For the most part, the march through the Dark Wasteland was quiet and uneventful. King Belgrave paused when he got his first good glimpse of the Dark Wizard’s fortress. It was more immense than he had expected and rose into the clouds. “That castle must be as large as a mountain!” he exclaimed.
“It is a mountain,” Lugar replied. “At least, it was a mountain before the Dark Wizard changed it into a fortress. There are undying rumors that the ancients once considered the mountain to be sacred.”
“How high up does it go?”
“It goes up much higher than we can see right now,” the Barbidon answered. “The mountain slopes up from the lake on the east and rises until it ends with a high cliff on the western side where the Dark Wizard has built the tallest and greatest tower of the fortress. From bottom to top, it takes several hours to walk, if you’re fast. What you see now is the lower third of the fortress.”
“Wow, that is tall!” he muttered, as he tried to imagine just how much higher the fortress really was. He thought about Naiya’Nal trapped inside the fortress. Naiya’Nal, I am coming to save you, he thought.
I know, her voice replied in his head, come quickly!
How do you do that? There was no answer. He stood staring where he knew the tower was behind the clouds until Lugar grabbed his attention.
“King Belgrave, it is starting to snow and I want to get at least halfway through the Dark Wasteland before we camp for the night.”
King Belgrave smiled as he noticed the small flakes that had started to fall. “I am just anxious to save my wife,” he replied. He started walking again. “It isn’t too windy,” he said. “I don’t think it will be a very strong storm.”
Lugar laughed. “That’s why we clothed you in our own furs; you don’t know Sarda.”
An hour later, the snow was falling thick enough that King Belgrave could not see very far in front of him. “I cannot see the fortress. How do you know that we’re still heading in the right direction?” he asked Lugar, shouting over the strong wind.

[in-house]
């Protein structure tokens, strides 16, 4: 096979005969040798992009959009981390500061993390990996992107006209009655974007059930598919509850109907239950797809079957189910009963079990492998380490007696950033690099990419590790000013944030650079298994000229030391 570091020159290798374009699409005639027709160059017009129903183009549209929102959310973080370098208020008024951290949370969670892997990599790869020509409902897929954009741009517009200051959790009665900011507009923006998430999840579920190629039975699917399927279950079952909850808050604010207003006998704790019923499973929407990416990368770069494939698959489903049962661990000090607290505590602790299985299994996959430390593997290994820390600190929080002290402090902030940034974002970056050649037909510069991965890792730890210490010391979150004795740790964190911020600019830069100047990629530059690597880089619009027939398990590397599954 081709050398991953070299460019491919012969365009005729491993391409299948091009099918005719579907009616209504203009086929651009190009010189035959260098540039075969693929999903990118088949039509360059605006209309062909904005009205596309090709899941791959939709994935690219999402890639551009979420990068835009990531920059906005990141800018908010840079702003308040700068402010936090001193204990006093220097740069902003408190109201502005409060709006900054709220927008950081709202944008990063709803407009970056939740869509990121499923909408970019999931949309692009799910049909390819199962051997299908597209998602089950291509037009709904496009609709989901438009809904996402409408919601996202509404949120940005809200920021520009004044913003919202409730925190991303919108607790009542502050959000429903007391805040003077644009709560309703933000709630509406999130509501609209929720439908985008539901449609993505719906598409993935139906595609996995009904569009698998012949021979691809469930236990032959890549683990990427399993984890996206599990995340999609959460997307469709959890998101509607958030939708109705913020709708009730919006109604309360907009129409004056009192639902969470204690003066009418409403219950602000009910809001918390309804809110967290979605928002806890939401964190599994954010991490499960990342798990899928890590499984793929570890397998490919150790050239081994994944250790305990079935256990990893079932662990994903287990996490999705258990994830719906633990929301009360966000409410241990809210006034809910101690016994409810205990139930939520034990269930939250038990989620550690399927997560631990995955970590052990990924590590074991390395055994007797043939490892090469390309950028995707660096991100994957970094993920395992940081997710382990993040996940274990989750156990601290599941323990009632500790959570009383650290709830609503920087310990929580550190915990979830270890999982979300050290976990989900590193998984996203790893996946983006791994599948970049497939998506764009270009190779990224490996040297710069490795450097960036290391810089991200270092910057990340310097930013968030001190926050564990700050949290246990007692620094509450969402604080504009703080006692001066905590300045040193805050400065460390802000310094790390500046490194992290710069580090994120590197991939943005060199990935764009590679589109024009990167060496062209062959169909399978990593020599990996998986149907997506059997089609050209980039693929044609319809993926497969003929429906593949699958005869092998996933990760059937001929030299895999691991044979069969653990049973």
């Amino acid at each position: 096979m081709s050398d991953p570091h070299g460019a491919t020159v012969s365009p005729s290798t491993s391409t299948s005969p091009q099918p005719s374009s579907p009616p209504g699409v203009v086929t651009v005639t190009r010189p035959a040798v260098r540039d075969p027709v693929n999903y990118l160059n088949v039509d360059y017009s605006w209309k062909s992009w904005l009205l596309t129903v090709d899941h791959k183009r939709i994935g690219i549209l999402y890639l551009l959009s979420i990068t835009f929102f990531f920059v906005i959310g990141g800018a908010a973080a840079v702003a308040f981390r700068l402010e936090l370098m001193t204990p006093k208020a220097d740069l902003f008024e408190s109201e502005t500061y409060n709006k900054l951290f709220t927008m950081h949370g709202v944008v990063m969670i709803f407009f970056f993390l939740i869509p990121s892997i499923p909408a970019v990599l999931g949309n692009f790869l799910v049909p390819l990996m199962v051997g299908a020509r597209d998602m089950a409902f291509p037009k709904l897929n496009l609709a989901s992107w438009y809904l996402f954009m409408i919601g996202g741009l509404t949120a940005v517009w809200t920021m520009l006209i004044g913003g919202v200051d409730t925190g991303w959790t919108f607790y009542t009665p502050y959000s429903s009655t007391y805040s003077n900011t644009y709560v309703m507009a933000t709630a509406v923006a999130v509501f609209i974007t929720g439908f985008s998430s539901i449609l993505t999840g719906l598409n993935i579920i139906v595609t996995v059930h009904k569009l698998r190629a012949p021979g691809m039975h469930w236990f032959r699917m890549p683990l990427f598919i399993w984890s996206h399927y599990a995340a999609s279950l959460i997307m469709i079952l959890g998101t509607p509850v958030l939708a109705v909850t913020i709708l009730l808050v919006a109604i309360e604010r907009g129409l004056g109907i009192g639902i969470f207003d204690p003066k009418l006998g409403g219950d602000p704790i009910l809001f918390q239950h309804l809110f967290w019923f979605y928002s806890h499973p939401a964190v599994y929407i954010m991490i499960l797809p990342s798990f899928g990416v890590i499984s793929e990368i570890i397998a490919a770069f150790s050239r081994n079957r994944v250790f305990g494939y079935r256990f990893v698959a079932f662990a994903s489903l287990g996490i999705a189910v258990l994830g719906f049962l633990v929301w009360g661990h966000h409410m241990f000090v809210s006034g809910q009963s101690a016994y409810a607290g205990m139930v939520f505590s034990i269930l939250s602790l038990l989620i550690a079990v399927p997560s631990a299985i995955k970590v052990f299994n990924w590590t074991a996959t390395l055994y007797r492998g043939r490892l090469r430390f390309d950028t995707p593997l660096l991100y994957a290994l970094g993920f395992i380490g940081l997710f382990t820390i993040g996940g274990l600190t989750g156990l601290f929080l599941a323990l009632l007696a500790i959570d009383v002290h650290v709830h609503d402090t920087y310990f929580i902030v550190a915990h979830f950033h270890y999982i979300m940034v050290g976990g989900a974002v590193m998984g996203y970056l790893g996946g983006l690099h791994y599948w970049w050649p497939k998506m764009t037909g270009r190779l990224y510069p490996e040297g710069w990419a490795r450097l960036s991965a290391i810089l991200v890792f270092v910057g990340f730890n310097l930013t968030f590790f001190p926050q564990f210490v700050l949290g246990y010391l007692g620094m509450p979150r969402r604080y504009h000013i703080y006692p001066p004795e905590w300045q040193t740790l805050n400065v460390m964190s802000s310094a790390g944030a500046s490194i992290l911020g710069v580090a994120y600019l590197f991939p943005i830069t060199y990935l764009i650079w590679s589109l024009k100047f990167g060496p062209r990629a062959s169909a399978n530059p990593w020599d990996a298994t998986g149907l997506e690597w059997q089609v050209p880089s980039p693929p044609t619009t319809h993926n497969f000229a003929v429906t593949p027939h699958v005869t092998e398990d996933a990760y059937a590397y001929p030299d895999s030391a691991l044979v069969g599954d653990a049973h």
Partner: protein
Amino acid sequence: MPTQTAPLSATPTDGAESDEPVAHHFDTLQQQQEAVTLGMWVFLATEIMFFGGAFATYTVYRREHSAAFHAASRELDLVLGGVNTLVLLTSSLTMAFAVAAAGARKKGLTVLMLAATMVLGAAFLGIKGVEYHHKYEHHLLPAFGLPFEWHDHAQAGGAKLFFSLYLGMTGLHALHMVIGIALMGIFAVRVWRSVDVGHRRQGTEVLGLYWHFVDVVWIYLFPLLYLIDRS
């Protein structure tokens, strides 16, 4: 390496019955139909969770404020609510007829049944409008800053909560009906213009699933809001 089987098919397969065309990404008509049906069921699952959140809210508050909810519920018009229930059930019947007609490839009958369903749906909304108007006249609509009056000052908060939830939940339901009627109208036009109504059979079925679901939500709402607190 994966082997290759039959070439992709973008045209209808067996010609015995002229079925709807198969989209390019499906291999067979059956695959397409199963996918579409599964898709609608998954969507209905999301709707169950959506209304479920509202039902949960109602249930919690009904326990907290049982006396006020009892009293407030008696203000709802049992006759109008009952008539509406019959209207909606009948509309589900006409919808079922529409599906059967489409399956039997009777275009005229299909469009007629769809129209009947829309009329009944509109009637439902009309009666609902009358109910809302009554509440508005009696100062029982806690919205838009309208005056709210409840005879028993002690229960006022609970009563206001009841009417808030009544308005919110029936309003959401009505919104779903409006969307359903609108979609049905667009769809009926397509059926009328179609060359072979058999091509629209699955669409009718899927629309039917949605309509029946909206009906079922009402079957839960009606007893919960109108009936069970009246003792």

“Storm lamps,” Lugar shouted back. He pointed at a Barbidon in the distance standing by a pole in the ground with a sheltered lantern on top. “Stick two in the ground so they make a straight line pointing to your destination, and then put a third one further up, always keeping them in as straight a line as possible. It only takes three, and as you go, you keep moving the last one to the front. It’s not perfect, but it will get you really close to where you need to go.”
“Sounds similar to using a compass,” King Belgrave replied.
“What’s a compass?” Lugar asked.
King Belgrave grinned and shook his head, realizing the Barbidons did not know what a compass was. “Nothing,” he answered.
They set up several shelters a little later, and King Belgrave was glad to warm himself by the fire that they built. It was still snowing when they set out the following morning, but only very lightly. The snow on the ground was not deep, except where it had formed into large drifts against the shelters, occasional shrubs, and anything else that stuck up from the flat land of the Dark Wasteland. It only took them half of that day to reach the long causeway that led from the shore to the fortress. The Barbidons claimed that it was the longest and probably the tallest bridge in the world. Lugar explained that the others still needed to get into position, so they would camp on the shore and wait for the morning to begin the attack. This time they posted marksman sentries to watch the sky for dragons. It was still dark in the morning and the snow was still lightly falling when the army was finished preparing for the attack. The white flag with the two red dragons was flying above them, and a blue flag, with a black bar across the bottom and against the staff flew just below it. King Belgrave removed the giant snake fang from his pack and tucked it into his belt under the furs. He was ready and nothing would stop him.